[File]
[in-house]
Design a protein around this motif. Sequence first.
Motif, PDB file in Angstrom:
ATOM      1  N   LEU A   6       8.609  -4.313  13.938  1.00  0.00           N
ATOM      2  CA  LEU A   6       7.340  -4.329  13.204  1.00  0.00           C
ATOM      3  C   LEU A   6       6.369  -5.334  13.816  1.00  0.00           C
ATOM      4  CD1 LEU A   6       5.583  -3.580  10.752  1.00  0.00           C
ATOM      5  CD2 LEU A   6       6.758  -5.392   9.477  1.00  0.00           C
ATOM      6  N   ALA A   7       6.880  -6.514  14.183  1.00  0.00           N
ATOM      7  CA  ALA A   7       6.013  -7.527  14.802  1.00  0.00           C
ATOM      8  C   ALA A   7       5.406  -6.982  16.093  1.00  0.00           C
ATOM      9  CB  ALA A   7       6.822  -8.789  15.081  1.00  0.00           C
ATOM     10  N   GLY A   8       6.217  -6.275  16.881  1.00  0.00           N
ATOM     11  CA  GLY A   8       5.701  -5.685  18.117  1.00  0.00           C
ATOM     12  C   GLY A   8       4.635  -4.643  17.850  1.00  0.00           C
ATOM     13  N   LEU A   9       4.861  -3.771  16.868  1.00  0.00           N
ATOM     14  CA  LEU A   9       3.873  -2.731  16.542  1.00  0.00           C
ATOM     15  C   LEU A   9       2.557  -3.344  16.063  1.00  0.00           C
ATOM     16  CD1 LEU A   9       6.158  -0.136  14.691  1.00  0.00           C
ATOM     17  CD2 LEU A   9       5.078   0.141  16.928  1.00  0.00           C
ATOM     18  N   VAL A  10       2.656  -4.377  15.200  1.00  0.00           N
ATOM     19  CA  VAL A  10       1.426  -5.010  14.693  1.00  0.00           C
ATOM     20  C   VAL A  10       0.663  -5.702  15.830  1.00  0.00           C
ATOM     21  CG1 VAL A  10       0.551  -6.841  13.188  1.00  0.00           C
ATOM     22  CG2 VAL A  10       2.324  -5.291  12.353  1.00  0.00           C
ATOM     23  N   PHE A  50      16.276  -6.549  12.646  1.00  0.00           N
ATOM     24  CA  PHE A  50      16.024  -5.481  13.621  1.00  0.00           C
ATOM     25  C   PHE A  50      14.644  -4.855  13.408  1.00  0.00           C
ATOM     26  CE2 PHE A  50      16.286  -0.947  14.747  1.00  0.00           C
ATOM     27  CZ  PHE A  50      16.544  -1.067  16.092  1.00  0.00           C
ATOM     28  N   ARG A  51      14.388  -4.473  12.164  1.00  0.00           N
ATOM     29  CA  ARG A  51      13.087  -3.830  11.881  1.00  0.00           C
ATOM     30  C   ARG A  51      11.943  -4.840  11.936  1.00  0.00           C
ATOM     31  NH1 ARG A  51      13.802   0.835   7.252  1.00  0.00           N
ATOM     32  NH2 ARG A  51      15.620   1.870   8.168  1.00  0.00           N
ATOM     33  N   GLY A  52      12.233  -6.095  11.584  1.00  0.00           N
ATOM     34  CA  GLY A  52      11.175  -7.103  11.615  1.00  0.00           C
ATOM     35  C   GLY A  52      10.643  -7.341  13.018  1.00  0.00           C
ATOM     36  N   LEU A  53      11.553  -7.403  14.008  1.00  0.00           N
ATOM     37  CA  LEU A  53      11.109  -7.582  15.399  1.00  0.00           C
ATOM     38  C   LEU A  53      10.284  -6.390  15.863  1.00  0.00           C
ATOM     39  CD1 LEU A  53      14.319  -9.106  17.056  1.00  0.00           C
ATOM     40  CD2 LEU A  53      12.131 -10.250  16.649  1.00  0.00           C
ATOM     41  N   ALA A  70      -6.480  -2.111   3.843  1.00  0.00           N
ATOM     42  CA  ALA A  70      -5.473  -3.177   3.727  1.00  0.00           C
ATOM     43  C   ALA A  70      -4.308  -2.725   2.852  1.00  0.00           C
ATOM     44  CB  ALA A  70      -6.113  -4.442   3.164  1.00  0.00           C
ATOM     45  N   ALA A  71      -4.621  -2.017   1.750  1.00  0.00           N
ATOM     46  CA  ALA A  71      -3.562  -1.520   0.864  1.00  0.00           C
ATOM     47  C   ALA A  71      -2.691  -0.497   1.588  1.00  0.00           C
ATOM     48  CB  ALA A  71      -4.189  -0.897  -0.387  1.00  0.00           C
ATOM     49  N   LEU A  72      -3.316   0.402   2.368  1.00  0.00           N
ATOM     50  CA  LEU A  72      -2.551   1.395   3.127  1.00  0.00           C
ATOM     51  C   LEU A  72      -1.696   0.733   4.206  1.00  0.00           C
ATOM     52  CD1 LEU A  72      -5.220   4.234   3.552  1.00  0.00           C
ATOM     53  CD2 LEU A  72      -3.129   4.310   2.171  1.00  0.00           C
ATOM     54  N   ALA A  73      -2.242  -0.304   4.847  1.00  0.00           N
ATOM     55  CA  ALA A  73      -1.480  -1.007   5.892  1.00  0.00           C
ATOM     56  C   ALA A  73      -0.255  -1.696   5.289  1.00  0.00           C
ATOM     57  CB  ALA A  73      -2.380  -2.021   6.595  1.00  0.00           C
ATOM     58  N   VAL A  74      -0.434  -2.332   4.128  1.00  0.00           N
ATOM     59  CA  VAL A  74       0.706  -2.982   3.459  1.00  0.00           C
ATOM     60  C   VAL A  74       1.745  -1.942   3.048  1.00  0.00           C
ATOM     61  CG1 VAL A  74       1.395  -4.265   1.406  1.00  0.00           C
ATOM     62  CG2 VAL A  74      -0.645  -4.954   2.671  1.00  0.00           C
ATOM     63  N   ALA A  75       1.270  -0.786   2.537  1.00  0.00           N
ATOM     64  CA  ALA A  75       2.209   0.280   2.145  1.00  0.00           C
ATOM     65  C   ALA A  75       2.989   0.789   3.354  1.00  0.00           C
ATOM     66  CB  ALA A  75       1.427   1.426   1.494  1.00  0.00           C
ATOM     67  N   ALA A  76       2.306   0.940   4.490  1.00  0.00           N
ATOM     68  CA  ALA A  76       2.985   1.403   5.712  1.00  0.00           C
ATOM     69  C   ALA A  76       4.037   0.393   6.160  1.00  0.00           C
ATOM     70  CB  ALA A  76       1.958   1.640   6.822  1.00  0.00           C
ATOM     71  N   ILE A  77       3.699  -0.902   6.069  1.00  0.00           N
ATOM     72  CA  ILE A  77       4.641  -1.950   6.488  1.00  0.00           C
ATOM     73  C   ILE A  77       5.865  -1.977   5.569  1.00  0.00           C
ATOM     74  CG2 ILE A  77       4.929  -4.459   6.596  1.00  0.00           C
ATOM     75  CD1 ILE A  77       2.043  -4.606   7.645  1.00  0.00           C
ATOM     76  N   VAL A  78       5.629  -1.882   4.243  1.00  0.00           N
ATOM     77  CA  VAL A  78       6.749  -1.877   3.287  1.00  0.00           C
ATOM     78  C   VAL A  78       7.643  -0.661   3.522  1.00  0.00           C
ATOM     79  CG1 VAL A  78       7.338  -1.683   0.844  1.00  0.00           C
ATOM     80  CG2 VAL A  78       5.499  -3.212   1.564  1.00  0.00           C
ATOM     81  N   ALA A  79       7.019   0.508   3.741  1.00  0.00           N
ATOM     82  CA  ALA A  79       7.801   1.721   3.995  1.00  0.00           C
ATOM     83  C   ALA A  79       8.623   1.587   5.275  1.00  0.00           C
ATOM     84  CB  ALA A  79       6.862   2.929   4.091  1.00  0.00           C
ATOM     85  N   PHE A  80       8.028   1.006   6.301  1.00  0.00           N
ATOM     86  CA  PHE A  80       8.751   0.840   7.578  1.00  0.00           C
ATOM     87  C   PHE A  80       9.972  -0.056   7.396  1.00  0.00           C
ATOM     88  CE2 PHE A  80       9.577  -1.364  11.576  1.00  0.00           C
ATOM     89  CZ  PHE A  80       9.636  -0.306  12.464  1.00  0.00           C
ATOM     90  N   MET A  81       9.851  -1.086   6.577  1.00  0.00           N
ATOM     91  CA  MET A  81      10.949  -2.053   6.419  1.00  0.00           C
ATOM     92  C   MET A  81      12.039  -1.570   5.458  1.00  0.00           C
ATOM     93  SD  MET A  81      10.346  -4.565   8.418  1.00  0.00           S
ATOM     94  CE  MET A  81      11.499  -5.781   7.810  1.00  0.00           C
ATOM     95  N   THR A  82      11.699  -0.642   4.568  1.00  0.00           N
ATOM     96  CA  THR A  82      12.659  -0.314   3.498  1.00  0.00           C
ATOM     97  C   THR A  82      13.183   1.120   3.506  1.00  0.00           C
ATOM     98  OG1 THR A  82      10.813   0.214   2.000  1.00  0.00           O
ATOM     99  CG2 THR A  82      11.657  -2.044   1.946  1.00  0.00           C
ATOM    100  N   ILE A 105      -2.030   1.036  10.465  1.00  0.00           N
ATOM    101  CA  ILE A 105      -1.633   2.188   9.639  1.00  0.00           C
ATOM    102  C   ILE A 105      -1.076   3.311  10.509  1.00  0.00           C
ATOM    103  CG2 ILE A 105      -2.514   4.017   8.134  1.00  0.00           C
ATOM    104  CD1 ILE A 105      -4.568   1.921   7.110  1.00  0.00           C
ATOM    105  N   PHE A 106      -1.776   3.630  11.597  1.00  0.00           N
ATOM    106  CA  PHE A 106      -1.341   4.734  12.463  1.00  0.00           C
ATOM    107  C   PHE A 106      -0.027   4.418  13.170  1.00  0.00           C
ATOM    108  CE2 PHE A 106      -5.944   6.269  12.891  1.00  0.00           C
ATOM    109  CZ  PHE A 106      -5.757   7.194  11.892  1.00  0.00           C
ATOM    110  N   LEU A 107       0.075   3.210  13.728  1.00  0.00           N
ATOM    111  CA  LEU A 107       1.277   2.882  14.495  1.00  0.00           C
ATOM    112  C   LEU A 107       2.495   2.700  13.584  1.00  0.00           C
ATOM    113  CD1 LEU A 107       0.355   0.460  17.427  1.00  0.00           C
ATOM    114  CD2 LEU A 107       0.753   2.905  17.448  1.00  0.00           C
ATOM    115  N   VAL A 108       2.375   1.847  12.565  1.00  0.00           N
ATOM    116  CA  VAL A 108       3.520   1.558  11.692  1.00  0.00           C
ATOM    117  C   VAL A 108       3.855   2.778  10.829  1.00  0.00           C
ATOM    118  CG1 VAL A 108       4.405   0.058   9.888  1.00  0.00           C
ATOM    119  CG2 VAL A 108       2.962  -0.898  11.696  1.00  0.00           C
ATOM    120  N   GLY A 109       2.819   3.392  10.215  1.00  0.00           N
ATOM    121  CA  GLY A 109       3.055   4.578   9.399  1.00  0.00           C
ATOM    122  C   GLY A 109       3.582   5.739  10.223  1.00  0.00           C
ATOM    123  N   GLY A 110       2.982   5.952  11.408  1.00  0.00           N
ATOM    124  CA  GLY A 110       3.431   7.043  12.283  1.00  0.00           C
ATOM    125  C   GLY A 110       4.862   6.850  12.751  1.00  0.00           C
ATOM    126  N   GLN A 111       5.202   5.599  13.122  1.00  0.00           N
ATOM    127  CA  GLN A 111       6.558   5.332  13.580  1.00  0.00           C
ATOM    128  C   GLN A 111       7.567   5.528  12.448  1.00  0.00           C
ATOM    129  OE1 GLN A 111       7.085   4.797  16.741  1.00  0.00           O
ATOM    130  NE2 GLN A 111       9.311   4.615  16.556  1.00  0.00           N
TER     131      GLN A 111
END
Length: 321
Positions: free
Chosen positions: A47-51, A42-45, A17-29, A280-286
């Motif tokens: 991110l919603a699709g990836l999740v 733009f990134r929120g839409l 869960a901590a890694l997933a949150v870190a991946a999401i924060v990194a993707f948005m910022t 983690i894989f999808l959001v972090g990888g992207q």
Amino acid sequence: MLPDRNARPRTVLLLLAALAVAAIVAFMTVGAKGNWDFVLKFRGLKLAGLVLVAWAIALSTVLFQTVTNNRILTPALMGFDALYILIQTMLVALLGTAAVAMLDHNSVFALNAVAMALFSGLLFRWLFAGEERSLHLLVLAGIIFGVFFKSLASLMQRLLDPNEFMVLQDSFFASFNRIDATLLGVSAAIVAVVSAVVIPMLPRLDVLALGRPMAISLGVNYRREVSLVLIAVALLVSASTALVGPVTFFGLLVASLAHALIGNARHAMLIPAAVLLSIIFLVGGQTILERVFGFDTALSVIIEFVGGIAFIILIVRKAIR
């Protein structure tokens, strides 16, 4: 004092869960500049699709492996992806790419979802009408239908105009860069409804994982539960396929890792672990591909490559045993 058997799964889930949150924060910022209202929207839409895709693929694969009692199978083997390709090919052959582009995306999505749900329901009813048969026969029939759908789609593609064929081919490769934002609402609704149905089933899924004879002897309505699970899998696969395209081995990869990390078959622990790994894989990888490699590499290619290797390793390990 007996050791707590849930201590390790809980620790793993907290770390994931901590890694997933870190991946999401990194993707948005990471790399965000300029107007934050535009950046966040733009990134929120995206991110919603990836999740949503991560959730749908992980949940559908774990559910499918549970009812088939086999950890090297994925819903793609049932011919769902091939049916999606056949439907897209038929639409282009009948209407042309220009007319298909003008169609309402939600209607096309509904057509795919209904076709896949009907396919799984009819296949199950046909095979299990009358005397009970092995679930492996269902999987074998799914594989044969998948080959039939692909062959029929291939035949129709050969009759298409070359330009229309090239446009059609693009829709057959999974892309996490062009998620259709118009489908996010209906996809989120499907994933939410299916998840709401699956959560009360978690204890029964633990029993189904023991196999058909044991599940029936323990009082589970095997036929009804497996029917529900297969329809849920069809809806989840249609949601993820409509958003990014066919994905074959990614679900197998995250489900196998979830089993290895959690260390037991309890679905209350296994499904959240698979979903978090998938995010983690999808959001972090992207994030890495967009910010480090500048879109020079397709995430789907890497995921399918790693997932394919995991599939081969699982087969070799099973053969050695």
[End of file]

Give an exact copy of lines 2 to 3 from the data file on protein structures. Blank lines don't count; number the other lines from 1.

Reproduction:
Design a protein around this motif. Sequence first.
Motif, PDB file in Angstrom: